Tuesday, January 24, 2006

And that little matter of the budget…

In another development reported in the London Free Press, it turns out that council's much-ballyhooed plans to deliver a property tax increase of three per cent in an election year are predicated on shifting the tax burden to businesses and the unguaranteed approval of the provincial government:

Plans by London council to deliver a tax hike below three per cent could be dashed unless Queen's Park allows the shifting of taxes from homeowners to business, Deputy Mayor Tom Gosnell warns. Without provincial intervention the city is seeking, a tax hike projected at 3.2 per cent for homeowners would rise an extra 1.43 per cent. The reason for the added whammy is this: city homes have increased in value the last two years by more than twice as much as commercial and industrial properties.

"That extra 1.43 per cent is worrisome," Gosnell said. The deputy mayor is one of several council members who have called for a tax hike below three per cent, which they believe would keep an increase in line with the inflationary cost of living.

That goal will be difficult to achieve if the projected tax rises to more than 4.6 per cent.
Before this article appeared, the average Londoner may have been gulled into thinking that an increase in the property tax rate of three per cent after two years of 5.9 and 5.3 per cent was the result of a trifling of fiscal restraint. Not so, as it happens — a smaller tax increase would be the result of redistributing the burden of increased spending to businesses, as though businesses do not pass along those costs through higher prices, lower wages, or reduced investment. In an election year, however, the strategy is compelling because many voters fail to recognize the impact on their own financial expectations or the association with increased business taxes. That extra 1.43 per cent is worrisome — to re-election prospects!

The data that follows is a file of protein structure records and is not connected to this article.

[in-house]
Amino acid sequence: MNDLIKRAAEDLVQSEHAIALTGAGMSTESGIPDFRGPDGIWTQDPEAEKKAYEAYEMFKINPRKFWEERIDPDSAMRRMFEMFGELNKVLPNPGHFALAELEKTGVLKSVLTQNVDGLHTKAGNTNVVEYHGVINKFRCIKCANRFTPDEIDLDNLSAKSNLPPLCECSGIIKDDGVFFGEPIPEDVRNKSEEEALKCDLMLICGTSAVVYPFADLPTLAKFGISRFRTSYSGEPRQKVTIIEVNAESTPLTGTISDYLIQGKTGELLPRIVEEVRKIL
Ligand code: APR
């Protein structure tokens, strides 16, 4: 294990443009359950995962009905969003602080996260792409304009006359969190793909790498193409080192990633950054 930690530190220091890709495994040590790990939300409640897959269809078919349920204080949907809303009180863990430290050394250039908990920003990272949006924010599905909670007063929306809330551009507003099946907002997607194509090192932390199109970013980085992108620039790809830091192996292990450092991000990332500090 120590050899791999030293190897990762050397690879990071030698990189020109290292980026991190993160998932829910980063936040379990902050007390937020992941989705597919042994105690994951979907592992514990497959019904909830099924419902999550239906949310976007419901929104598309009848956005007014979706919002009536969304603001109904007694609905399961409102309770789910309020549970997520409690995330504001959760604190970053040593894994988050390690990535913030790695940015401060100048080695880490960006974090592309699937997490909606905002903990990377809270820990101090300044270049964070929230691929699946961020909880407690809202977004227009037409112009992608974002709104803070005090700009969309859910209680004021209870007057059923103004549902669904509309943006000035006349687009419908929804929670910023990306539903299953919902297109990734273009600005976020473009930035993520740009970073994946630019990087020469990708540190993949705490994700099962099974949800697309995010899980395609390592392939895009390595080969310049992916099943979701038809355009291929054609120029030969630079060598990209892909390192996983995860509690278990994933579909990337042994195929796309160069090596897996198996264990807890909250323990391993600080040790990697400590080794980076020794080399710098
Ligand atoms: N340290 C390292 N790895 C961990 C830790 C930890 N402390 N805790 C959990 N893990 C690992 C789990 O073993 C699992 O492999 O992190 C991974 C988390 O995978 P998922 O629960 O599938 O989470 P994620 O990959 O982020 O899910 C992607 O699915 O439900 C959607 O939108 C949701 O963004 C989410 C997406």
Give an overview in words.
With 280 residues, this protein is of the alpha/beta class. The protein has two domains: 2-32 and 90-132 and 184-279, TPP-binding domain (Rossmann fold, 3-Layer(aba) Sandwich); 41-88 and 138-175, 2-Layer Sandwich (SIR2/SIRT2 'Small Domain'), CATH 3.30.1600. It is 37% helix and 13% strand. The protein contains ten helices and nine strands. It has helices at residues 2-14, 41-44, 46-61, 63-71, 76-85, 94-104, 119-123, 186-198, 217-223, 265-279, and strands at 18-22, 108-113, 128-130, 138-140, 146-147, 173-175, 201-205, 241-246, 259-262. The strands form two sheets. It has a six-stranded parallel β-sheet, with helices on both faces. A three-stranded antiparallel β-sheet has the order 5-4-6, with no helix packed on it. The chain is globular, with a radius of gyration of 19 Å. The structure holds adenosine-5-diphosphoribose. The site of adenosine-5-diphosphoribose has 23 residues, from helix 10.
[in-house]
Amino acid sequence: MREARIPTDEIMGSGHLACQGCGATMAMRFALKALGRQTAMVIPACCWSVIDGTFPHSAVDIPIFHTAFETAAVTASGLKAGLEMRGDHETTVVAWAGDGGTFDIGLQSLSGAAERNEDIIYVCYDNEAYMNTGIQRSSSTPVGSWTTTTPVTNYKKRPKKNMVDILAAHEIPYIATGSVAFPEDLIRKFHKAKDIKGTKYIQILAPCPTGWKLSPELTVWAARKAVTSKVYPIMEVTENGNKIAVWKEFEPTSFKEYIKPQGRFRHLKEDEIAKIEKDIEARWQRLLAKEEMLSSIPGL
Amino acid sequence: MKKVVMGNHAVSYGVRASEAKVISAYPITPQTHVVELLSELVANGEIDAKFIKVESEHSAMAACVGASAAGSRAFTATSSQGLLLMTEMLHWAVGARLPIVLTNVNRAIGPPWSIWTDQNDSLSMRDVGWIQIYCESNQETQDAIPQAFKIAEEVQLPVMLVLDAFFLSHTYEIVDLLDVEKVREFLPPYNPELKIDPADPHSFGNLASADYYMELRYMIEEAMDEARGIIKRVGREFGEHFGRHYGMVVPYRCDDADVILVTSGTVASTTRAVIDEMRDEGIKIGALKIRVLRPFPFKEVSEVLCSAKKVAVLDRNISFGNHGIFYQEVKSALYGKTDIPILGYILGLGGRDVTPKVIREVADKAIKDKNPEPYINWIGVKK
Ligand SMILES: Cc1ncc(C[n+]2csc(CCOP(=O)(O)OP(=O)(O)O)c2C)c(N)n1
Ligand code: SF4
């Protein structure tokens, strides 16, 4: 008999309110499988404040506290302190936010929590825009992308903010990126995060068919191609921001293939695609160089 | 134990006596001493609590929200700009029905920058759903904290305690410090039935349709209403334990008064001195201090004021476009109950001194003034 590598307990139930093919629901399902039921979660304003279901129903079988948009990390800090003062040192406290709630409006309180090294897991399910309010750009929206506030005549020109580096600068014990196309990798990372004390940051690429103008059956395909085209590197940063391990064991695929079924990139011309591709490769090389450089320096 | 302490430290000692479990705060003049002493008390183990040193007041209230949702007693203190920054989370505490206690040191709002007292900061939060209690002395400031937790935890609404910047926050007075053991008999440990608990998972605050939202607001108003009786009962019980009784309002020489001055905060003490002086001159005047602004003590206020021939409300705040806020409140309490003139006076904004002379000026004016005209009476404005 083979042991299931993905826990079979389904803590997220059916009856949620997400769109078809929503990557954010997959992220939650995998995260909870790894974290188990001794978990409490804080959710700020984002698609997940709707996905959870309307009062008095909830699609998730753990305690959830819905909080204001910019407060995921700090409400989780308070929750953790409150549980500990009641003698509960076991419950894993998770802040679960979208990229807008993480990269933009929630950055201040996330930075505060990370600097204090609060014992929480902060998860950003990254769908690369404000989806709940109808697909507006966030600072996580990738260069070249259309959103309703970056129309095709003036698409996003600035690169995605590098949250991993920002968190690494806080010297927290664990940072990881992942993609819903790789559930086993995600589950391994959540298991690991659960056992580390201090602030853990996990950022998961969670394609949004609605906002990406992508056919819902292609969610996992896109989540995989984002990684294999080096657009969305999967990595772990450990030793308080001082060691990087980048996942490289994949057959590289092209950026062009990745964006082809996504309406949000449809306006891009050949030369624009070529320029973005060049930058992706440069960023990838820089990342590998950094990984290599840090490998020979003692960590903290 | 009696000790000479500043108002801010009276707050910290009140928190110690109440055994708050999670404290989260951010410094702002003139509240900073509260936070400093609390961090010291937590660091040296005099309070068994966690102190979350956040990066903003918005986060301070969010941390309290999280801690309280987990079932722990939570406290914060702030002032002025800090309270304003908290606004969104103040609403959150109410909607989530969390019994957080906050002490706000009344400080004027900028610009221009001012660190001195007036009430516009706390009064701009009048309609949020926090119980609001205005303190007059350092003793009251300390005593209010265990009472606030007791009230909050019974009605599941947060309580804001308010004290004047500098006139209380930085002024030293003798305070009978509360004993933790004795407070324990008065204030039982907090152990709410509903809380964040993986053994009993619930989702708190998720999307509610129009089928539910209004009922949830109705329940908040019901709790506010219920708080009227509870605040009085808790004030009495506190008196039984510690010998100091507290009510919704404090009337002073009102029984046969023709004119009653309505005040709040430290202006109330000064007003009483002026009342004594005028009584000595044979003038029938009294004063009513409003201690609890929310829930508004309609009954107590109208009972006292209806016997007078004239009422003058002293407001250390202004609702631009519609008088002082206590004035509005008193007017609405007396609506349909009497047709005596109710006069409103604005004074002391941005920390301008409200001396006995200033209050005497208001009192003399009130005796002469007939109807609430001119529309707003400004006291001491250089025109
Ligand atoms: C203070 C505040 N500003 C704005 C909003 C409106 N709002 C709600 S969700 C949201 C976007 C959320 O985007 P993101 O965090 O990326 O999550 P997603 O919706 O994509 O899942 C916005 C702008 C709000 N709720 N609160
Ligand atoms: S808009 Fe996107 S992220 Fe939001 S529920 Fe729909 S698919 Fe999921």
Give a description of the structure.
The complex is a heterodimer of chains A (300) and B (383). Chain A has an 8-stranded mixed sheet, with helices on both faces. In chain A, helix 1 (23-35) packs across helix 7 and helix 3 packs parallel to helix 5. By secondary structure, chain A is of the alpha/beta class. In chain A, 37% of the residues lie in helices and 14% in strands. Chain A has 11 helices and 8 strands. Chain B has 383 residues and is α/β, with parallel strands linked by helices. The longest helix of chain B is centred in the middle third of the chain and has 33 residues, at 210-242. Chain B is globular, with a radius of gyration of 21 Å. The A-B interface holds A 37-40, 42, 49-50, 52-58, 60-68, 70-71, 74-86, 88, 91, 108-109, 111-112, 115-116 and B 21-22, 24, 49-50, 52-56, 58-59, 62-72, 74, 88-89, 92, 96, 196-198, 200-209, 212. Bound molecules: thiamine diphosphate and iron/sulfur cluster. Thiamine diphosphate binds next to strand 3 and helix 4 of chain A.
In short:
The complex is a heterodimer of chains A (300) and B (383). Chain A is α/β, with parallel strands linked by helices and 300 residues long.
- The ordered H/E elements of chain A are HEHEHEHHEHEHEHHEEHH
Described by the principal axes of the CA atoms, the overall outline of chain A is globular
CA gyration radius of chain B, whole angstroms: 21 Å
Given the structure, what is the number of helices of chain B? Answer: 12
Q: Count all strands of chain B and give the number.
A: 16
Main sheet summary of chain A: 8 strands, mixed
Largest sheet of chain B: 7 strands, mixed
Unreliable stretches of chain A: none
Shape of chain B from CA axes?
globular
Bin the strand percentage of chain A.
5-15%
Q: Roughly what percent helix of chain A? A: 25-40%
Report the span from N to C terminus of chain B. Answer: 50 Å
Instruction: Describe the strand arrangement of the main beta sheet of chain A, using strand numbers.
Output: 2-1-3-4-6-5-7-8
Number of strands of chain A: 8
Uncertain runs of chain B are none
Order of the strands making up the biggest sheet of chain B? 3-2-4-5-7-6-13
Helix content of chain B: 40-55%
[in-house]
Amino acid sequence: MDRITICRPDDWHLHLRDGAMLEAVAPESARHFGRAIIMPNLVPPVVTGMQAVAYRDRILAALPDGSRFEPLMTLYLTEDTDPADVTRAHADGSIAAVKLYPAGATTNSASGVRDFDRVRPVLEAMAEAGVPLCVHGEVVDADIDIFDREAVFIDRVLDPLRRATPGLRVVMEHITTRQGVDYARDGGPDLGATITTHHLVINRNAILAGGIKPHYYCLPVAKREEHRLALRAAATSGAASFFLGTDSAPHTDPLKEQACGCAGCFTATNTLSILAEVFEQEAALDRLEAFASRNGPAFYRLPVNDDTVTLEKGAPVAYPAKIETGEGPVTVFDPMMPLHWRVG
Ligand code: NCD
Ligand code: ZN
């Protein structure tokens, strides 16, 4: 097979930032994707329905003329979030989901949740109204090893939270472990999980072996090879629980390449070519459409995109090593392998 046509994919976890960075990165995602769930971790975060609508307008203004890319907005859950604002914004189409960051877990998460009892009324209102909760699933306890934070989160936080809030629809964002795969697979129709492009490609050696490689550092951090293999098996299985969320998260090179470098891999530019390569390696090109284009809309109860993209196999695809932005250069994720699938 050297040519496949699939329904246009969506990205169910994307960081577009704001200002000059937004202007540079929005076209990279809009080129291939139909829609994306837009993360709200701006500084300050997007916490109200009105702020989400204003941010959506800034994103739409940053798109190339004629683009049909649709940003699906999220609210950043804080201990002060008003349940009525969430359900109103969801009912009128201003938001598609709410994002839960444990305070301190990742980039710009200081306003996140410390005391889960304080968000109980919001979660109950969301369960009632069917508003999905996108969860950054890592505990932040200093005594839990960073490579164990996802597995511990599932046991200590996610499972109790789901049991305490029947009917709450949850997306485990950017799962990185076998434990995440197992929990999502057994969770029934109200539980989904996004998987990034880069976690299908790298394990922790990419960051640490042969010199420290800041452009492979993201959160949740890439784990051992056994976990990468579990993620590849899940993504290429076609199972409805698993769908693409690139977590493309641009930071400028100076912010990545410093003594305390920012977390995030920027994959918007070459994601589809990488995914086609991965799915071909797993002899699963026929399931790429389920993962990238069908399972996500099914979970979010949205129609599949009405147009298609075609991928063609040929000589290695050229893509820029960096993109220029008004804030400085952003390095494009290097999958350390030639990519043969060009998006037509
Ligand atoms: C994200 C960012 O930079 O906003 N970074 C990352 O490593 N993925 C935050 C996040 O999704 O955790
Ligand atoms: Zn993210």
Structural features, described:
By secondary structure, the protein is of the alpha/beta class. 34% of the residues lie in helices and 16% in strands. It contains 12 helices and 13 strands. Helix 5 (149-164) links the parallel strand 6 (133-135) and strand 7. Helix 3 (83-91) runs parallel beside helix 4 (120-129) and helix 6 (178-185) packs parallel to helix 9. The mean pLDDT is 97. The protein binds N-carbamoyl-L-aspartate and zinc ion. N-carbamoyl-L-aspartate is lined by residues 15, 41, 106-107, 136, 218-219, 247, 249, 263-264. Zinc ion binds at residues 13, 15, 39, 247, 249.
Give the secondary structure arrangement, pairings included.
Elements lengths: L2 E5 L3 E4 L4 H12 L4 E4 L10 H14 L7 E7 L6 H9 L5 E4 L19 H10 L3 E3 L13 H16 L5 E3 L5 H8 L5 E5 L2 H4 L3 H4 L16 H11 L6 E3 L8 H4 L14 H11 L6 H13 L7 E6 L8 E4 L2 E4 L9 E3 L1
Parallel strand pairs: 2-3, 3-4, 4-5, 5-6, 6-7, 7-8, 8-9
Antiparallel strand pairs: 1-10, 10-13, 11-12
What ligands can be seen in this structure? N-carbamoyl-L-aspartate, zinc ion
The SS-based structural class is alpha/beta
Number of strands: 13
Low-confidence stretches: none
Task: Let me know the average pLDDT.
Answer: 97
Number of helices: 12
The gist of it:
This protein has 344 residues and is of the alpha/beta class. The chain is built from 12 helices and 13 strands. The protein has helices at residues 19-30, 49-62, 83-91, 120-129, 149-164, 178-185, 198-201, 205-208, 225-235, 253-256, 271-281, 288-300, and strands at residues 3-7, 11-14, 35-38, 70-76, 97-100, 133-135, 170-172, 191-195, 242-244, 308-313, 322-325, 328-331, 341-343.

City treasurer Mike St. Amant said he's hopeful, but not entirely confident the province would allow the tax shift. Without the change, this is how much more or less property classes would pay:
  • Homeowners would pay 1.43 per cent more.
  • Owners of multi-residential buildings would pay 5.1 per cent more.
  • Owners of office buildings would pay 16.3 per cent less and those of shopping centres 11.8 per cent less.
  • Large industry would pay 10.1 per cent less; other industry would pay 2.1 per cent less.
  • Commercial owners would pay 1.8 per cent less.